dimanche 1 juillet 2012

Strauss-Kahn and Wife Separate, Tabloid Reports






Jin Lee/Bloomberg News
By ELAINE SCIOLINO and MAÏA de la BAUME        
PARIS — She has been more than the faithful wife. She has been the fiercest of defenders.

Dominique Strauss-Kahn and Anne Sinclair walked in the courtyard of their Paris residence in September of last year.

No matter what the sin or scandal, Anne Sinclair bankrolled, excused, protected and even praised her husband, Dominique Strauss-Kahn, with passion and eloquence.

She was called a modern-day Joan of Arc, and she was called a fool. When feminists blasted her for standing by her man, she fired back, telling French Elle, “Well then, leave your husband if you want. That’s your problem.”

Now, just months into a new career as the editor of the French edition of The Huffington Post, and after 21 years of marriage, Ms. Sinclair may have decided to move on.

And Mr. Strauss-Kahn, who headed the powerful International Monetary Fund and perhaps could have been France’s president, will fall deeper into ignominy.

On Thursday evening, the French tabloid Closer reported online that the couple had separated. Mr. Strauss-Kahn had moved out of their luxury apartment on the Place des Vosges, the magazine wrote.

“Ms. Sinclair asked Mr. Strauss-Kahn to leave the apartment a month ago,” Laurence Pieau, Closer’s executive editor, said in a telephone interview on Friday.

She added that Mr. Strauss-Kahn had first moved into the elegant Hotel Lutétia in the Sixth Arrondissement and then to a friend’s apartment across the river in the residential 16th Arrondissement.

“For me, it is a definitive breakup,” Ms. Pieau said, declining to reveal her sources.

(...) “The saga is not over,” said Jean Quatremer, author of the recent book “Sex, Lies and the Media.” “Dominique Strauss-Kahn will continue to fascinate people. He is a Faustian character. In France, it is rare that politicians who fall into disgrace stay in the public eye. But with Strauss-Kahn, we could read and read about him again. He is our dark side.”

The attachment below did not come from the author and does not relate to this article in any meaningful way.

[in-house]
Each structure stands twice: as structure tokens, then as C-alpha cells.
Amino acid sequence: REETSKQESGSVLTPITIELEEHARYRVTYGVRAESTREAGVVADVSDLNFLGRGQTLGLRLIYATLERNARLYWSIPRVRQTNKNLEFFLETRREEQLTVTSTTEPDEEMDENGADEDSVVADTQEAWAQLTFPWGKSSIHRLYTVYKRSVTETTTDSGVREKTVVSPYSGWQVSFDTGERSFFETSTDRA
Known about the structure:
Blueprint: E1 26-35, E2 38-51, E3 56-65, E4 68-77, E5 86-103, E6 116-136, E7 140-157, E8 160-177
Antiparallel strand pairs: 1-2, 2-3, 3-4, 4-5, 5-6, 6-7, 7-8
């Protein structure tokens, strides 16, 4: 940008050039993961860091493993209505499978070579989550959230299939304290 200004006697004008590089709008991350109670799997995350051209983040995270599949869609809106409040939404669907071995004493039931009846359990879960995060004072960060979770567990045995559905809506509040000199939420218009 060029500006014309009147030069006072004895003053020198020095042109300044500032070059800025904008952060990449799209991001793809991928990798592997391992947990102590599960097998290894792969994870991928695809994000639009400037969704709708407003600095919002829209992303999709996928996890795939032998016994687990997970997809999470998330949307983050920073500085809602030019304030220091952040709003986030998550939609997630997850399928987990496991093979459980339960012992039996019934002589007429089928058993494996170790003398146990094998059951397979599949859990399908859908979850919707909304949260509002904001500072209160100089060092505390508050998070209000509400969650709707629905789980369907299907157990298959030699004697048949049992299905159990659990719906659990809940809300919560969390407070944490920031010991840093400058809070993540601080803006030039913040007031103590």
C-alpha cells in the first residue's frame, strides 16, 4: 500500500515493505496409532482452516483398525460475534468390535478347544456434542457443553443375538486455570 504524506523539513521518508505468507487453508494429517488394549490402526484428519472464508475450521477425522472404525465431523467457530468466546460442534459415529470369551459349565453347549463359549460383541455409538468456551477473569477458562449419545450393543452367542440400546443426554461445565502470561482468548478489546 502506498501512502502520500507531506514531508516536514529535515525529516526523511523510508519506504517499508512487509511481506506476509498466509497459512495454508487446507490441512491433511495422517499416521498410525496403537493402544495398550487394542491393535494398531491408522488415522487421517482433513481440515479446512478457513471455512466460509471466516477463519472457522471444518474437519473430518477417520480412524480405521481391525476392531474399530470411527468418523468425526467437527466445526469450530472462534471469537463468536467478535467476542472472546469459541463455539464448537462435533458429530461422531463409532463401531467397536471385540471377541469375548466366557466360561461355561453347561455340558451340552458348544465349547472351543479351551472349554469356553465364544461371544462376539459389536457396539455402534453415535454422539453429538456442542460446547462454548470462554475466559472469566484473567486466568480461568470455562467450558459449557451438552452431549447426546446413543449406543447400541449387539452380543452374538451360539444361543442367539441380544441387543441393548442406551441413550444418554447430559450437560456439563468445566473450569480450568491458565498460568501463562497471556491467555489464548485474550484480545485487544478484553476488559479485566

The signs of marital strain have been there for some time.

At first, Ms. Sinclair, a former television anchor and the heiress to an art fortune, was in lock step with Mr. Strauss-Kahn after he was charged with sexually assaulting a housekeeper in a New York hotel last May and forced to abandon his quest for the French presidency. The criminal charges were later dismissed.

Nafissatou Diallo, the housekeeper, has filed a civil suit against Mr. Strauss-Kahn in New York seeking unspecified damages; he has filed a countersuit for malicious prosecution and defamation.

In January, four months after their return to Paris, Ms. Sinclair stepped into a new professional life working for her friend Arianna Huffington, with an office and staff in the headquarters of Le Monde.

At a news conference opening the Web site, her makeup was impeccable, her voice low and confident, her gaze focused on certain photographers. She was no longer wearing her wedding ring. There was no mention of Mr. Strauss-Kahn.

“This is a chance for me,” Ms. Sinclair said. “The Huffington Post gave me a chance.”

In the interview later with Elle, she said, “I am neither a saint nor a victim. I am a free woman.”